Our surveys over the past couple of years have shown growing interest in machine learning (ML) among organizations from diverse industries. A few factors are contributing to this strong interest in implementing ML in products and services. First, the machine learning community has conducted groundbreaking research in many areas of interest to companies, and much of this research has been conducted out in the open via preprints and conference presentations. We are also beginning to see researchers share sample code written in popular open source libraries, and some even share pre-trained models. Organizations now also have more use cases and case studies from which to draw inspiration—no matter what industry or domain you are interested in, chances are there are many interesting ML applications you can learn from. Finally, modeling tools are improving, and automation is beginning to allow new users to tackle problems that used to be the province of experts.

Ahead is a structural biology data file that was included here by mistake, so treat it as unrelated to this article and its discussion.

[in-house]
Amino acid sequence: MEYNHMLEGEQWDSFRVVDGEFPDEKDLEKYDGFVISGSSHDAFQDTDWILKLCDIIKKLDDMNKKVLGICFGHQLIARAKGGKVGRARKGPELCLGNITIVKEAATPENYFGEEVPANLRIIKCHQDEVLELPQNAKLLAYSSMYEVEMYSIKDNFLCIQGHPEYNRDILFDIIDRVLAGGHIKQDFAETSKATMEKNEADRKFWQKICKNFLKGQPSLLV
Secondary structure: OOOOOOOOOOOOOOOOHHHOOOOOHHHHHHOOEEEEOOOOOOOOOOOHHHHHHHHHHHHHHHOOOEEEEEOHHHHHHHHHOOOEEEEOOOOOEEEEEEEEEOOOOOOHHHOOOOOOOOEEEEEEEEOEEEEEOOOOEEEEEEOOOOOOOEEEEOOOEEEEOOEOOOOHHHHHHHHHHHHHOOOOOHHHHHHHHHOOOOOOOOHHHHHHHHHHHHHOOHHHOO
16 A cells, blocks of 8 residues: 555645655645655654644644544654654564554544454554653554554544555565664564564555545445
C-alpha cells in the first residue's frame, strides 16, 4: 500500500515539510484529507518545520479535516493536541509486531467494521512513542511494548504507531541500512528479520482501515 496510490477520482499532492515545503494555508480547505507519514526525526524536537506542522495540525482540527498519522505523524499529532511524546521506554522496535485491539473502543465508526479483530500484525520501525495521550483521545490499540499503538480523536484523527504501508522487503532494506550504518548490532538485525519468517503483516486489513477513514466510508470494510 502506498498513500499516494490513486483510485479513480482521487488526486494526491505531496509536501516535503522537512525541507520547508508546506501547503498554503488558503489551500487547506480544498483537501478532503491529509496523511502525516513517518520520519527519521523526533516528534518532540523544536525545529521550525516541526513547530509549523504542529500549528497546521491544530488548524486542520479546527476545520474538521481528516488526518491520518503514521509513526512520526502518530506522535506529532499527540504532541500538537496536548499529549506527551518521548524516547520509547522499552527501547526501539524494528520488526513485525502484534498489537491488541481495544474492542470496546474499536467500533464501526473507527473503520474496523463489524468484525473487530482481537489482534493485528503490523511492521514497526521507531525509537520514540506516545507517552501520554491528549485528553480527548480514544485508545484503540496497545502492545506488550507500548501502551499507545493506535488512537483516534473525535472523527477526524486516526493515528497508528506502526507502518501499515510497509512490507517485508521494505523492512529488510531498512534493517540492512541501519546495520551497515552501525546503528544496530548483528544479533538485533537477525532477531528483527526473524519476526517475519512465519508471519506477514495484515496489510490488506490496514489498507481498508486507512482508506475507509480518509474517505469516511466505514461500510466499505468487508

With the shift toward the implementation of machine learning, it’s natural to expect improvement in tools targeted at helping companies with ML. In previous posts, we’ve outlined the foundational technologies needed to sustain machine learning within an organization, and there are early signs that tools for model development and model governance are beginning to gain users.
One sure sign that companies are getting serious about machine learning is the growing popularity of tools designed specifically for managing the ML model development lifecycle, such as MLflow and Comet.ml. Why aren’t traditional software tools sufficient? In a previous post, we noted some key attributes that distinguish a machine learning project: